To be honest, I never thought I’d be sharing this here, but with a month or so away from it now, I feel that hiding the situation only adds to the silence and shame that cloaks the lives of women (and men) in similar situations. Concealing it would betray them. I cried in the night, thinking of them–all over the world—people living in fear everyday of oppressive, unpredictable partners. I knew I would soon sail away and have my life back, but in so many places there were women who would be forced to remain in such situations out of fear for their safety. It pains me to know that females are still treated as possessions or ‘lesser’ than males in so many parts of the world, and that this kind of behavior is just accepted as ‘the way it is’. I was raised to believe that my potential had nothing to do with my gender, but so many women in the world aren’t that lucky. I mourned humanity’s massive loss of potential squashed under the world’s repressed women. For how can one pursue their gifts and passions under such stifling circumstances? And how does love manifest itself in such an ugly way?
I’m not looking to blame or demonize him, only to call to attention this kind of backwards behavior. As, in his mind, he was showing me how much he loved me. Through the long saga, helped me enormously on Swell any way he could. My choices were my choices. I could have found another way. Maybe I needed to see the depths of his darkness in order to free myself from my last hopes for his transformation. My love for him and sympathy for his confusion about how to express his love, made me weak to leave for a long time. But I see now that every time I accepted him back into my heart after the bad behavior, I was telling him it was ok.
In the end, instead of relishing the sweet completion of the enormous overhaul of Swell on the day she was re-launched, he became instantly jealous because Swell was berthed next to a boat with two young men on it. I watched his mood begin to unravel and I wasn’t about to wait around for the wrath I knew was coming… I feared he’d lash out like never before, knowing that my freedom was now possible. So despite my bone-deep fatigue, I devised a plan and notified my friends. With trembling hands that night, I snuck my belongings out of his house and my friends helped me sail away under a big lovely moon…
Regaining my freedom felt completely surreal, but the fear lingered on. He called and threatened relentlessly to come find me in the days following, and on the third morning after my departure, all the stress and fear and exhaustion manifested into the temporary paralysis of one side of my face, a condition called Bell’s Palsy, followed by a bout with shingles!!! Awful!?! Luckily, I was safe and surrounded by loving friends, good health care facilities, and had the long-distance support of my family to get me feeling strong again.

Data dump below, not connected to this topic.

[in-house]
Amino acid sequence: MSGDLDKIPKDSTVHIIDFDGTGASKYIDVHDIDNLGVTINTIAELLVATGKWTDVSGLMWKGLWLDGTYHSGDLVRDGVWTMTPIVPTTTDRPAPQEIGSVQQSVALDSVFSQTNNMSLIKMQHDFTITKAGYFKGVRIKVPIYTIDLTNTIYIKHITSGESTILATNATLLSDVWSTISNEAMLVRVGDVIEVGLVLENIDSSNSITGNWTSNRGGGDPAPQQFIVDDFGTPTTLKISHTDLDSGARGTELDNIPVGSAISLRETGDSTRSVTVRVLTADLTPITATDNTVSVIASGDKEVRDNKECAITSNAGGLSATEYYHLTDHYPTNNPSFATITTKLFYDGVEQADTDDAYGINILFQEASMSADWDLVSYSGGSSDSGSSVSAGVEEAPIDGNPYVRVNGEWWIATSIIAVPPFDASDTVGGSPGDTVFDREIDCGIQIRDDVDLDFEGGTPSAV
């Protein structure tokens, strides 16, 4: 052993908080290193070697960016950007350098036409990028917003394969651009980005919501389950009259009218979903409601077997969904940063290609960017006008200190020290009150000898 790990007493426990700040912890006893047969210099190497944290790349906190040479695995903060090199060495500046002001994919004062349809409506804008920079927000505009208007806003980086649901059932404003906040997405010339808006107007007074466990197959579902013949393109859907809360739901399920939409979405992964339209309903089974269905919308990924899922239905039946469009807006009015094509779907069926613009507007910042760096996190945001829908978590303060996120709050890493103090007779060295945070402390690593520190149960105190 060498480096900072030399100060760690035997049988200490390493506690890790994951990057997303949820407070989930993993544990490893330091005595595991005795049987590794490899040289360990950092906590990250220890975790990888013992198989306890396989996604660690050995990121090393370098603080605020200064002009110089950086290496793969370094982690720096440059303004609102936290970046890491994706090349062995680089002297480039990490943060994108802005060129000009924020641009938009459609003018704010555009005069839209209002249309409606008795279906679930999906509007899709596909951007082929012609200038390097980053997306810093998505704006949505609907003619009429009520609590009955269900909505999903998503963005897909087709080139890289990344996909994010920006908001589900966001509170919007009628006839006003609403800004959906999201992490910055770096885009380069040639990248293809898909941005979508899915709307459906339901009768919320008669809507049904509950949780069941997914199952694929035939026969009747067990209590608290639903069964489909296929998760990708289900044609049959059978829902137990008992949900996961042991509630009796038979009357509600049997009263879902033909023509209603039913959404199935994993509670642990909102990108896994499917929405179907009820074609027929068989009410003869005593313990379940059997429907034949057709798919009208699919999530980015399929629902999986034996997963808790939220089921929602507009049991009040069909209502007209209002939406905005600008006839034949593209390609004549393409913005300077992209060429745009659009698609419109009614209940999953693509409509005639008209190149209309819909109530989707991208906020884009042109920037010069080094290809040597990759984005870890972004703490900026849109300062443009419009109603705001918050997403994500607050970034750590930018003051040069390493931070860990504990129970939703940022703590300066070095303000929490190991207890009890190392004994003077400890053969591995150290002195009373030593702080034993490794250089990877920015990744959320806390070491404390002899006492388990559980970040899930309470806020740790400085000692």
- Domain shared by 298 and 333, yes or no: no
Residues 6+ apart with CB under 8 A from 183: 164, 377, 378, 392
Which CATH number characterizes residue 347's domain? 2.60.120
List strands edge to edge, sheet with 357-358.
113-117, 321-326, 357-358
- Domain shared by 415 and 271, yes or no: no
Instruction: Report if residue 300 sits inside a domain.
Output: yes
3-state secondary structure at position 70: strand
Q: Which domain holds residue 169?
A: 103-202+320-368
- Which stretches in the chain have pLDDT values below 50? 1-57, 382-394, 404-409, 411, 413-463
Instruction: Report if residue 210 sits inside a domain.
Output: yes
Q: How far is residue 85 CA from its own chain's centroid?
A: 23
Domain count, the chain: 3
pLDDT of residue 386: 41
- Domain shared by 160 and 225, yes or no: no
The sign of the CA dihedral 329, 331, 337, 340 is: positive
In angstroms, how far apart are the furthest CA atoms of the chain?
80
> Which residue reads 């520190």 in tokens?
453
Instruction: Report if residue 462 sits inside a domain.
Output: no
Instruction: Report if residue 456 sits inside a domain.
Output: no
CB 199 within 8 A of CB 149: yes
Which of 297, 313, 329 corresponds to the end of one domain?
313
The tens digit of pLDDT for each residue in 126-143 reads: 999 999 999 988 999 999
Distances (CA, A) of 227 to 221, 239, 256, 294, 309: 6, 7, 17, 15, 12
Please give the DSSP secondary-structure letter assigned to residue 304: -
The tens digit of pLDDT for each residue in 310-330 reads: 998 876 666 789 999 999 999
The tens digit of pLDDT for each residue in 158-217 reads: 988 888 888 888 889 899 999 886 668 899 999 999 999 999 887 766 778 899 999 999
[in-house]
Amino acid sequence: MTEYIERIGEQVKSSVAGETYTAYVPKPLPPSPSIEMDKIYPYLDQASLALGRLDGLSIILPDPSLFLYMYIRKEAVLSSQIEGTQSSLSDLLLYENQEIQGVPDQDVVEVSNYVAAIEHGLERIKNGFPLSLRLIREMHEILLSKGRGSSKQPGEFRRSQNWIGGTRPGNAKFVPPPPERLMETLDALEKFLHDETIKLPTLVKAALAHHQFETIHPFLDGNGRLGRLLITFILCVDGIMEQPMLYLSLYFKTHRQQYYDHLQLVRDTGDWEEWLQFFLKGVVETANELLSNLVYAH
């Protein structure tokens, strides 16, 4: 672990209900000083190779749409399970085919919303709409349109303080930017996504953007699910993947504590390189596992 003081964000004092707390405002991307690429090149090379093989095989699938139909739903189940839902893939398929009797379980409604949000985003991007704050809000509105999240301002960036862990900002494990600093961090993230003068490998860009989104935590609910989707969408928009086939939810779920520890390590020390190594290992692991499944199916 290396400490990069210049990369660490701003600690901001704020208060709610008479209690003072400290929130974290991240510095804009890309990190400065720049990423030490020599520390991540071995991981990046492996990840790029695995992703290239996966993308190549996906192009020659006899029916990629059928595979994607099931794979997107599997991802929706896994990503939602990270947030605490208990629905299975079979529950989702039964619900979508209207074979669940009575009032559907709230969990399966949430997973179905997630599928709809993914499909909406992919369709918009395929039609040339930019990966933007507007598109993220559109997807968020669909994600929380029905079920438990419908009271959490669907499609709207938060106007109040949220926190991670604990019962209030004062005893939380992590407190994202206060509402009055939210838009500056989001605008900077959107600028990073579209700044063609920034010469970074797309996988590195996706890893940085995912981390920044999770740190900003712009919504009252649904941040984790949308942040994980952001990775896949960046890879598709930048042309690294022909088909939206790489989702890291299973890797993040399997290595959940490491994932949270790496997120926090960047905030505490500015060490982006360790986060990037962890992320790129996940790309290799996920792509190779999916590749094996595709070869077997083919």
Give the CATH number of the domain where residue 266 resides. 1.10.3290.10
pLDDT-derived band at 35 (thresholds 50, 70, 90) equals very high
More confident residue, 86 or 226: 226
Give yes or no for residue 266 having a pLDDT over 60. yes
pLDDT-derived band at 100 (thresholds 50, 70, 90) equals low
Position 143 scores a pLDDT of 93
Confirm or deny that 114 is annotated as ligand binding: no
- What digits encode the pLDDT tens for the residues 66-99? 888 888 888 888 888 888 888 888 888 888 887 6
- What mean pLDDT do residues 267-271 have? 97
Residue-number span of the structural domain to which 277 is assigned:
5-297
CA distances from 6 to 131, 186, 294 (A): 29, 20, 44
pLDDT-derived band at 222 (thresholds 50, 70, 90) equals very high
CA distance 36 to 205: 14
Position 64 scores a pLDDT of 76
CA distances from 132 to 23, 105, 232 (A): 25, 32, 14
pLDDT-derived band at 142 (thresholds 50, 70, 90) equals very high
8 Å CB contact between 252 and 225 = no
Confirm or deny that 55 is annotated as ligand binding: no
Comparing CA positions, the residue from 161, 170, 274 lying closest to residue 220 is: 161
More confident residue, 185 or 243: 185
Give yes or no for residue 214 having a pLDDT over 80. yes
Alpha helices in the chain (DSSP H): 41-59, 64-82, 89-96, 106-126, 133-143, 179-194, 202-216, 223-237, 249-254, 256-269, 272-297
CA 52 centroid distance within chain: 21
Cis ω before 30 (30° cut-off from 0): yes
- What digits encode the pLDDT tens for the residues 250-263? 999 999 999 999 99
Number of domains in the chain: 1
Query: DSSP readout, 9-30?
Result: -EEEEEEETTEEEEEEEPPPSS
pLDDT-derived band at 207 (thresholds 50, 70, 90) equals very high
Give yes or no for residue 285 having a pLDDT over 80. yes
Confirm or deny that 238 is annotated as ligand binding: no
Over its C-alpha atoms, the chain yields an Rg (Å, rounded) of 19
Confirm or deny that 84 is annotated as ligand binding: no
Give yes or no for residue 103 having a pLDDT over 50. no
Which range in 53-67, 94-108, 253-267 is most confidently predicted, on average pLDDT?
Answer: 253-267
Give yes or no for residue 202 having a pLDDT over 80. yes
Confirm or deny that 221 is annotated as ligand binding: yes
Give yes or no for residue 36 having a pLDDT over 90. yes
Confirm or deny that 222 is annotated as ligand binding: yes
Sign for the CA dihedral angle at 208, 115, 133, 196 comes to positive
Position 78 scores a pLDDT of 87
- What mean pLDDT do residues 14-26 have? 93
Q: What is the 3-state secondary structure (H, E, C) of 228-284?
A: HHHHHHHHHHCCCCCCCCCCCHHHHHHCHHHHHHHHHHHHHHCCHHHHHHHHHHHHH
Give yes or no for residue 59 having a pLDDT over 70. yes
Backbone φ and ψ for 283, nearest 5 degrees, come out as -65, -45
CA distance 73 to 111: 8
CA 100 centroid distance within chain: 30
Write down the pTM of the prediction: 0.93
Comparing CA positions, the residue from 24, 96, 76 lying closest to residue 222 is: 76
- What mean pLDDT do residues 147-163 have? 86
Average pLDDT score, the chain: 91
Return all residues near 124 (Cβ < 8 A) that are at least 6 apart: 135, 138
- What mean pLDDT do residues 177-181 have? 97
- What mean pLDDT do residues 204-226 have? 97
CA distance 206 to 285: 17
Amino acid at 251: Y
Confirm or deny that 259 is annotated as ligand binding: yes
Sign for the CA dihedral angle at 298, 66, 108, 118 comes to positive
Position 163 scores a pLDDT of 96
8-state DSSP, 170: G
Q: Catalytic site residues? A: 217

So there it is… the reason for the big blog delay, and why I haven’t yet replied to a lot of your emails. It’s taken some time to heal and process it all. I deeply appreciate your patience and continued support.
I’m all healed now, and feeling stronger than ever. As hard as it was, I bless this experience for all the perspective it has given me. For we cannot know the Light without the darkness. We cannot choose who and where we want to be in life unless we know who and where we don’t want to be! Hardships are our greatest opportunities to choose anew, grow and redefine ourselves. But only if we choose to see them that way.
I realize now that when it comes to relationships, ultimate love and fidelity to one’s Self—by both parties—would be a much better foundation. Love doesn’t mean you put someone else before you or sacrifice who you are for them, it means you support each other to grow into the ultimate best versions of yourselves, with respect to individual pace and method. When that doesn’t include each other anymore, may we lovingly go separate ways. Every soul is undergoing its own unique journey to becoming who he/she wants to be, and I was naïve and self-righteous in thinking that I could get him to evolve faster than he was ready for…or that what he was choosing wasn’t perfect for his evolution. I got attached to results, and in doing so, caused myself a great deal of pain.
Fear and attachment work contrary to love. They erode what builds and binds us, and we constantly have the choice of to use. It’s often so much easier, safer, more comfortable to lean into fear and blame the other. But in the end, this doesn’t serve us. It only digs us into a lonely hole. As much as I couldn’t understand his behavior in the midst of it, I see now that if he never crawled into that hole of fear, and truly experienced its dark, isolated, empty space, how would he know and decide that he doesn’t want to be there?
…All paths lead to the Light in the end, we just have to accept the often painstaking duality along the way.
If we choose to look within and ask ourselves what we can do to change our unhappiness, life becomes unlimited potential. When we keep blaming others or grappling at expectations, we stay in the hole. Trying to convince people of their greatness is futile. We can only be so busy working on ourselves, that we might inspire them to realize that their own evolution is possible.
So, may we free ourselves and our partners from expectations, and truly want for them, what they want for themselves. If you have the luxury of choice to leave a relationship that isn’t serving you, do it. And feel all the women (and men) in the world who can’t (or don’t), cheering you along. A better life awaits…
I pray that as humanity, we learn to cherish our women (and men) across all lands. Not to fear their power, but embrace it. Not to stifle their voices, but sing together in harmony. We must rethink standards we have set, question our prejudices, and help our sister and brother humans call forth a new era of respect and love among us–no matter the gender, race, or social status. Your individual power to change yourself is a critical spark in the global fire of human evolution towards Love and Oneness. So let the sparks fly!!